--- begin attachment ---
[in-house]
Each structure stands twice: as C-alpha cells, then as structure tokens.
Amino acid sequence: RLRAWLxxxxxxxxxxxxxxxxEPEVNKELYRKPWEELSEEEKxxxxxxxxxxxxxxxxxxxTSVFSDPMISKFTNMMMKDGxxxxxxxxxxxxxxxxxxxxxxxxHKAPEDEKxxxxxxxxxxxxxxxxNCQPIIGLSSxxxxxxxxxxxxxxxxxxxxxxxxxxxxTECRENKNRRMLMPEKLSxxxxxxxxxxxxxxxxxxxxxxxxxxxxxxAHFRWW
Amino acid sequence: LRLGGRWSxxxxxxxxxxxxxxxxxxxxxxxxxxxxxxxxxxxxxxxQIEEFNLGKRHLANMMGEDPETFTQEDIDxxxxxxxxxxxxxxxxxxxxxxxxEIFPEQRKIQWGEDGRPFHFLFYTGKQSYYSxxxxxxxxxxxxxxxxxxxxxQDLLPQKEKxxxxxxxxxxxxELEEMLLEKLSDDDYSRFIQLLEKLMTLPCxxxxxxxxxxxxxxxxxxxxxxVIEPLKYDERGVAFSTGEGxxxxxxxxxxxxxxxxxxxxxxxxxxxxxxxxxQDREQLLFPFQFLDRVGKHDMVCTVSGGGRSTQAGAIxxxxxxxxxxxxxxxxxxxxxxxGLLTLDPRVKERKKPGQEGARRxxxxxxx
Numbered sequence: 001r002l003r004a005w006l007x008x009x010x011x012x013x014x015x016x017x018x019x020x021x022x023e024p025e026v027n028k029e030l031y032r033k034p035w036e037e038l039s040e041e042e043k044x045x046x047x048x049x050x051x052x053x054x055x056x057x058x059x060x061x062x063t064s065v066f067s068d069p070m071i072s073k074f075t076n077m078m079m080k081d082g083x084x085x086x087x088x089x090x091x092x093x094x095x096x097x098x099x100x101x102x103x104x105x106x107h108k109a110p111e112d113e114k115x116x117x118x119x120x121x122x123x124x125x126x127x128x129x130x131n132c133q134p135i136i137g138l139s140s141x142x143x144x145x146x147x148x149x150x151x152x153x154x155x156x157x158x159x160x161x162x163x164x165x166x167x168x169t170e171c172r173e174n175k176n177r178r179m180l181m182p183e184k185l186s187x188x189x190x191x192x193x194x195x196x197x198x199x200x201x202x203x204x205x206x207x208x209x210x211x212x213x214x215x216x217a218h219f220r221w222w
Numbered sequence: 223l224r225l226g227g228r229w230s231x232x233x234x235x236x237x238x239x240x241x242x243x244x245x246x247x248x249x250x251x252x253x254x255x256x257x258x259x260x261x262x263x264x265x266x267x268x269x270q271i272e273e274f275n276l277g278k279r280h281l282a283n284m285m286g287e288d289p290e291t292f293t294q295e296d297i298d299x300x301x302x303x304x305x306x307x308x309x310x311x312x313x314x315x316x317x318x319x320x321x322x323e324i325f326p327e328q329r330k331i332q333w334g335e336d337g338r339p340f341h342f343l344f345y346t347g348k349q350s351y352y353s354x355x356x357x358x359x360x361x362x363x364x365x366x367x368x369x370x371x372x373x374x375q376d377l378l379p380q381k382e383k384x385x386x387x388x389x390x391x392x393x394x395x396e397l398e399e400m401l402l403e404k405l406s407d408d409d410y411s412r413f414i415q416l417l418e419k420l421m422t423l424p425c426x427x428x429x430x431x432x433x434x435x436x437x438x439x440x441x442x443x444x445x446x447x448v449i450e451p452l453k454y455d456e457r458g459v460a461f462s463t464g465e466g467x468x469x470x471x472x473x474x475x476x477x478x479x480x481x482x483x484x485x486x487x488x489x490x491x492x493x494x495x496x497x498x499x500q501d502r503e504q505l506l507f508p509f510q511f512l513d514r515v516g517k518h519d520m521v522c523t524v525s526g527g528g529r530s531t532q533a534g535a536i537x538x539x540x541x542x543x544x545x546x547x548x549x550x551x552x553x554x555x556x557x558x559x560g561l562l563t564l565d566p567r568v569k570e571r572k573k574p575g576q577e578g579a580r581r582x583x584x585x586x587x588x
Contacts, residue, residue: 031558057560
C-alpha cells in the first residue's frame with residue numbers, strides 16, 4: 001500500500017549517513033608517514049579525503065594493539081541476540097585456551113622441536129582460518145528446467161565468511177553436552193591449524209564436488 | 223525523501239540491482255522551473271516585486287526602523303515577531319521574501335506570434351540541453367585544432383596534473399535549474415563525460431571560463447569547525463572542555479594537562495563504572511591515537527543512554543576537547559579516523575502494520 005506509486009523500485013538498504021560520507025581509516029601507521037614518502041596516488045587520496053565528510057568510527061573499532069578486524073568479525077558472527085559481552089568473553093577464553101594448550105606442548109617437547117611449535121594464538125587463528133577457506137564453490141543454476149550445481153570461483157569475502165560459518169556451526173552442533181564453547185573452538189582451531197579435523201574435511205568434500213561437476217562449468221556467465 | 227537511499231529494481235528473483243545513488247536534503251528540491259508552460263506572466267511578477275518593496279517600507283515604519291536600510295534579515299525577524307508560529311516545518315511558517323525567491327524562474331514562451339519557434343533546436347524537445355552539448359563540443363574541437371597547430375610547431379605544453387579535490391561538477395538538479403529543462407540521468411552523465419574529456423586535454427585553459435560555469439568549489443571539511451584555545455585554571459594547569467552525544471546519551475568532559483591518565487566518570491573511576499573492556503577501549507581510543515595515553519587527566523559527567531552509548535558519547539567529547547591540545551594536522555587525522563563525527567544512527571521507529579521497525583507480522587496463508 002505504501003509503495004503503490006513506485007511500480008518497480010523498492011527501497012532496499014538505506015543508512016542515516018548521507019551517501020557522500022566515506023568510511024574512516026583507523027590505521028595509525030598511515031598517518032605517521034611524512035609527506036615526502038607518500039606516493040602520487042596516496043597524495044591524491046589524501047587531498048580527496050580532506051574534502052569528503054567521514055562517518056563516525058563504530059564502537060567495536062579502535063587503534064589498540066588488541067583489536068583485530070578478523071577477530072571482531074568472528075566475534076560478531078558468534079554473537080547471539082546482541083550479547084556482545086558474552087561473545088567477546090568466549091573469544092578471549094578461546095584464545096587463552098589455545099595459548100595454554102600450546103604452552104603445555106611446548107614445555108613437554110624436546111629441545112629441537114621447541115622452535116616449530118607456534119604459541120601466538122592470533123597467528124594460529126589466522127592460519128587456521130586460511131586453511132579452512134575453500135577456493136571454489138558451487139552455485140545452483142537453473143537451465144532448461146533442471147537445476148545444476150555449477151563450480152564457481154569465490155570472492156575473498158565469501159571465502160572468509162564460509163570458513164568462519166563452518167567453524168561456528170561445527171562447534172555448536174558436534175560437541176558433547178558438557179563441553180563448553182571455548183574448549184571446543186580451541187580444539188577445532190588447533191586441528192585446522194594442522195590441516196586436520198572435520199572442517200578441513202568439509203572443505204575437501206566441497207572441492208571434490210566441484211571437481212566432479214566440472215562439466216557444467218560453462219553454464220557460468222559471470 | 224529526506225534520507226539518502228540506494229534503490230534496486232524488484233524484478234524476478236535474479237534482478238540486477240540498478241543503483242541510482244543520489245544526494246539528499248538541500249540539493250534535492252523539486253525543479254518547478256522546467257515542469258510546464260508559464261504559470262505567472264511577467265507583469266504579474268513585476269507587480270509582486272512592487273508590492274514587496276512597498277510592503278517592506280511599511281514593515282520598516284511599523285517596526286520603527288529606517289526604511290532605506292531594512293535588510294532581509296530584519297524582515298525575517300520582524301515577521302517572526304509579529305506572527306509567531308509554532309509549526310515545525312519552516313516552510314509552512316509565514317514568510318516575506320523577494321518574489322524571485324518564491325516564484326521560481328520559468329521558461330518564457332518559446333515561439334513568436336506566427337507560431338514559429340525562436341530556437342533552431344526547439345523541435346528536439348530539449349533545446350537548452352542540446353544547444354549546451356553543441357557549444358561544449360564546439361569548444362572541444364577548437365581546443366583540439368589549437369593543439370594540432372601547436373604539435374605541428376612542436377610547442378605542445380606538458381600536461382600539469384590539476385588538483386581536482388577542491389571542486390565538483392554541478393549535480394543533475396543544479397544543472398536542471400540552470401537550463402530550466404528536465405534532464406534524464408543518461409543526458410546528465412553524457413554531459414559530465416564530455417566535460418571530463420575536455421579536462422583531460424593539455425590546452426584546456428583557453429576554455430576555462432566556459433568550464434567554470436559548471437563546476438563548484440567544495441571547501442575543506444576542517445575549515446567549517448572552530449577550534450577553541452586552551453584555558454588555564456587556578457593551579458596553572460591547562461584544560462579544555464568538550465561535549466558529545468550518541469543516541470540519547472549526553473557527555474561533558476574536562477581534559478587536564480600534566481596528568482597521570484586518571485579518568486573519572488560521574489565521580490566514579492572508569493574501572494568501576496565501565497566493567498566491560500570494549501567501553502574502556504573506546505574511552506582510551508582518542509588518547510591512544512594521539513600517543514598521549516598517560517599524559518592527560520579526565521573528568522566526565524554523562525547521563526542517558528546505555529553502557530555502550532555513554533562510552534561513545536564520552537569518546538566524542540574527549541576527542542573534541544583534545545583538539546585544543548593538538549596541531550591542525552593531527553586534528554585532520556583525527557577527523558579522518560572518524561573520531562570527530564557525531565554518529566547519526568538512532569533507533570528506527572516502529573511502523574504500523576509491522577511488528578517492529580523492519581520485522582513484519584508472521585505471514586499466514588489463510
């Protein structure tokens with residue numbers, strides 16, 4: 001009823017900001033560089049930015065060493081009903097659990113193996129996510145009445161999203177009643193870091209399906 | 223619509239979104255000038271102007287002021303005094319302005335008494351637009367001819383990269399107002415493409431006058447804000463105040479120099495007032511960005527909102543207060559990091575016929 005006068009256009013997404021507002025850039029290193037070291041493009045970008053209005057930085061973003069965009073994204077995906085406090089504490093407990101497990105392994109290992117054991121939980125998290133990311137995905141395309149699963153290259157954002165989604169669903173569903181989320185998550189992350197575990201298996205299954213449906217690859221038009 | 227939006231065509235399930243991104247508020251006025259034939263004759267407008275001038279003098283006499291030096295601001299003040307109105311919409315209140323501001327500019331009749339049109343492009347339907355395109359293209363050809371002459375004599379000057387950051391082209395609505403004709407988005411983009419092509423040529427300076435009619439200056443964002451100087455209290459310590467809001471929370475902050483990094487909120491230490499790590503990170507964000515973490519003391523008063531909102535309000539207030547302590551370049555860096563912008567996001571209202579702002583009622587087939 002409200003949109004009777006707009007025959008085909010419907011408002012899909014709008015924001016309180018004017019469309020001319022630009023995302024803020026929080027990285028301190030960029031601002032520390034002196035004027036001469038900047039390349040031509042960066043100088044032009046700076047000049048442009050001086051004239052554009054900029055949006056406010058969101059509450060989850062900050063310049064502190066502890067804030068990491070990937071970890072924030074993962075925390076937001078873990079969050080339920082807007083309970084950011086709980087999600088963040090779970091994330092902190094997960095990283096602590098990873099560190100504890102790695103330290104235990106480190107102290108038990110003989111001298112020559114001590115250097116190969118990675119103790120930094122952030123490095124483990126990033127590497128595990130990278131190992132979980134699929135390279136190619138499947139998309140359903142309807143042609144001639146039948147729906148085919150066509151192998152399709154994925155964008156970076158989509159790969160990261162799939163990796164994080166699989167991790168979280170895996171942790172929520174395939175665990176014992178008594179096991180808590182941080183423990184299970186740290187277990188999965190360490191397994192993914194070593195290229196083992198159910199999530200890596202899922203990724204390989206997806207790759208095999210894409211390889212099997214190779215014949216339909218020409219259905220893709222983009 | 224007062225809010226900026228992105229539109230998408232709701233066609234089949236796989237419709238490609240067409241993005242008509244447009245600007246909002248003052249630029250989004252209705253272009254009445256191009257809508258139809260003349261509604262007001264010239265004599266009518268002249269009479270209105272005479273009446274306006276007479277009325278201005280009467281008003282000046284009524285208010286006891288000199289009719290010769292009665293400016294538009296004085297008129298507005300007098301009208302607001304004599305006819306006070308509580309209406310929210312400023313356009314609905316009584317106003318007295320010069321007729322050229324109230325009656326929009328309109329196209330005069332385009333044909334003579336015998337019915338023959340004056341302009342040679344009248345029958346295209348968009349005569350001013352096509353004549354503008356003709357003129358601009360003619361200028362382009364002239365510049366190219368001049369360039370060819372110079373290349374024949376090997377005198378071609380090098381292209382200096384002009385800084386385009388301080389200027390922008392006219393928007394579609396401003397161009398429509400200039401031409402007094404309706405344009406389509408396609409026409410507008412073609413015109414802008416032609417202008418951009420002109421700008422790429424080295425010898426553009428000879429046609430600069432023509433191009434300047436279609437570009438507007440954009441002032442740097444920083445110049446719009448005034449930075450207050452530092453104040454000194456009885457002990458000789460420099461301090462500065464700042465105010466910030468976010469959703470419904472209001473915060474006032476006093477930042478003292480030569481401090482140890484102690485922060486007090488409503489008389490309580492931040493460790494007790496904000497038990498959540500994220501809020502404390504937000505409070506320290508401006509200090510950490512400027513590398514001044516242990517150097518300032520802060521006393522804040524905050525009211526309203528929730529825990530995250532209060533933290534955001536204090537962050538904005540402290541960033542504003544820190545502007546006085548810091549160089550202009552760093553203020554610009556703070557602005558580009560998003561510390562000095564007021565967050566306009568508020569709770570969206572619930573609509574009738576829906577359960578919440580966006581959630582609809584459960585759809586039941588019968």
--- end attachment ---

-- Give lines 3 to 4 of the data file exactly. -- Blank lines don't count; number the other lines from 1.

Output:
Amino acid sequence: RLRAWLxxxxxxxxxxxxxxxxEPEVNKELYRKPWEELSEEEKxxxxxxxxxxxxxxxxxxxTSVFSDPMISKFTNMMMKDGxxxxxxxxxxxxxxxxxxxxxxxxHKAPEDEKxxxxxxxxxxxxxxxxNCQPIIGLSSxxxxxxxxxxxxxxxxxxxxxxxxxxxxTECRENKNRRMLMPEKLSxxxxxxxxxxxxxxxxxxxxxxxxxxxxxxAHFRWW
Amino acid sequence: LRLGGRWSxxxxxxxxxxxxxxxxxxxxxxxxxxxxxxxxxxxxxxxQIEEFNLGKRHLANMMGEDPETFTQEDIDxxxxxxxxxxxxxxxxxxxxxxxxEIFPEQRKIQWGEDGRPFHFLFYTGKQSYYSxxxxxxxxxxxxxxxxxxxxxQDLLPQKEKxxxxxxxxxxxxELEEMLLEKLSDDDYSRFIQLLEKLMTLPCxxxxxxxxxxxxxxxxxxxxxxVIEPLKYDERGVAFSTGEGxxxxxxxxxxxxxxxxxxxxxxxxxxxxxxxxxQDREQLLFPFQFLDRVGKHDMVCTVSGGGRSTQAGAIxxxxxxxxxxxxxxxxxxxxxxxGLLTLDPRVKERKKPGQEGARRxxxxxxx